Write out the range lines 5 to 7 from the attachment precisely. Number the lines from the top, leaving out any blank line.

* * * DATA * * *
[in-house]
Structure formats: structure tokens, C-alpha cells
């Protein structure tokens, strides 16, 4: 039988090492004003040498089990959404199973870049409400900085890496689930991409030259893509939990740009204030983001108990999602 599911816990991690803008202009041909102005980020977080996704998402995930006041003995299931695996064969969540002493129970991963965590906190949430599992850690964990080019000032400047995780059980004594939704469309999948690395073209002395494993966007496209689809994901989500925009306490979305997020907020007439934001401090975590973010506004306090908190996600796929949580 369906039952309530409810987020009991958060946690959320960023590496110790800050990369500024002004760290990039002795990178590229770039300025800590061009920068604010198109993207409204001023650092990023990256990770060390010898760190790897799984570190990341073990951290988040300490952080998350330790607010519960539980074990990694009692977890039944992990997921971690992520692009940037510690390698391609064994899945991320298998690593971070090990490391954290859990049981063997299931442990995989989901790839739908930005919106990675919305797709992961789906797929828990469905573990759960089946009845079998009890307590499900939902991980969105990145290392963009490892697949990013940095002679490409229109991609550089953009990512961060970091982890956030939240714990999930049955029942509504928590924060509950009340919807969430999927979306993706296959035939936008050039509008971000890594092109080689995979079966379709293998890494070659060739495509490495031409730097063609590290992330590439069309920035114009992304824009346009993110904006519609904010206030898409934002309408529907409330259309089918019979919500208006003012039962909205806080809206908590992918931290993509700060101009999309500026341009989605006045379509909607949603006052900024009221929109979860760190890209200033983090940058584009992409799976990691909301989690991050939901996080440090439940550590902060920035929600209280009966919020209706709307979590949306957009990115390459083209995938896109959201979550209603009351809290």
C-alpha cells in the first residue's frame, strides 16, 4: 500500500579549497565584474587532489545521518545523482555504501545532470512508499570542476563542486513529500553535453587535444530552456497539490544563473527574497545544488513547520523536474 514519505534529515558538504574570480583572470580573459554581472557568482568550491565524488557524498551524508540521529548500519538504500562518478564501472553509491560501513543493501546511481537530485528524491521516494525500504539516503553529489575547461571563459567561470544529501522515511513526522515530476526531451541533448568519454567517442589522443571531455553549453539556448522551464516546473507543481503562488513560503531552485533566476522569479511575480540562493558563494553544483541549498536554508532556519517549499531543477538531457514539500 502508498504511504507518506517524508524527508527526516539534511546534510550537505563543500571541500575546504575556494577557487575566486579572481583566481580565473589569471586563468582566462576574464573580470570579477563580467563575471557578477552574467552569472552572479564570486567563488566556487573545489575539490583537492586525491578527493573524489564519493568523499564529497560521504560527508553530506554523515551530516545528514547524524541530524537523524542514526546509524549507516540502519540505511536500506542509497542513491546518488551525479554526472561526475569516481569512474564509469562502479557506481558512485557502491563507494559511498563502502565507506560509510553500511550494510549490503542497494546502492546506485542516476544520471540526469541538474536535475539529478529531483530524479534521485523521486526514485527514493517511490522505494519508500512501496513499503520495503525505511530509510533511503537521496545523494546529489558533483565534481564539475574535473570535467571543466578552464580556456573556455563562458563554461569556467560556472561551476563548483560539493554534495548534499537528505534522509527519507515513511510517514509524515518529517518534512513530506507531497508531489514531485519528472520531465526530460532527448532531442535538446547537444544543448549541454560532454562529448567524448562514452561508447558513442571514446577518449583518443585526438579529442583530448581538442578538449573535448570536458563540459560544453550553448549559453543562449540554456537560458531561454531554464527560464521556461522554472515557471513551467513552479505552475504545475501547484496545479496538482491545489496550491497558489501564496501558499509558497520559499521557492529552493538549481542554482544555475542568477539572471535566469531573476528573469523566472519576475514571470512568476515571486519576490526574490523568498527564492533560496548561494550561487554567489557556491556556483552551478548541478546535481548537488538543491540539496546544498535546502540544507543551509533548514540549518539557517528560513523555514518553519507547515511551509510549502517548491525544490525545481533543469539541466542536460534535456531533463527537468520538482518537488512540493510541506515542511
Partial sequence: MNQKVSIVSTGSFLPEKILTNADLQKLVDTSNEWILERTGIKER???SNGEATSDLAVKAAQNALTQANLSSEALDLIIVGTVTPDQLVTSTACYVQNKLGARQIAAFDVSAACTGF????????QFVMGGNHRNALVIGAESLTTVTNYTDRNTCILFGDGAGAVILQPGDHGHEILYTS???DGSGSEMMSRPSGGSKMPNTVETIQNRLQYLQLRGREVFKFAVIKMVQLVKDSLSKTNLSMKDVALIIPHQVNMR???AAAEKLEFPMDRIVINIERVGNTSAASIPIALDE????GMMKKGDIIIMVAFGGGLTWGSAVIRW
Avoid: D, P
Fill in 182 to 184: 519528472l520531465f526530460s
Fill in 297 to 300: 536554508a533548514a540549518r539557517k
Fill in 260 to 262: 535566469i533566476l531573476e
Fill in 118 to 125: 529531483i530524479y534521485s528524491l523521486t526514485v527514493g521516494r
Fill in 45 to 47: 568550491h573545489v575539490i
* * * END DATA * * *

Partial sequence: MNQKVSIVSTGSFLPEKILTNADLQKLVDTSNEWILERTGIKER???SNGEATSDLAVKAAQNALTQANLSSEALDLIIVGTVTPDQLVTSTACYVQNKLGARQIAAFDVSAACTGF????????QFVMGGNHRNALVIGAESLTTVTNYTDRNTCILFGDGAGAVILQPGDHGHEILYTS???DGSGSEMMSRPSGGSKMPNTVETIQNRLQYLQLRGREVFKFAVIKMVQLVKDSLSKTNLSMKDVALIIPHQVNMR???AAAEKLEFPMDRIVINIERVGNTSAASIPIALDE????GMMKKGDIIIMVAFGGGLTWGSAVIRW
Avoid: D, P
Fill in 182 to 184: 519528472l520531465f526530460s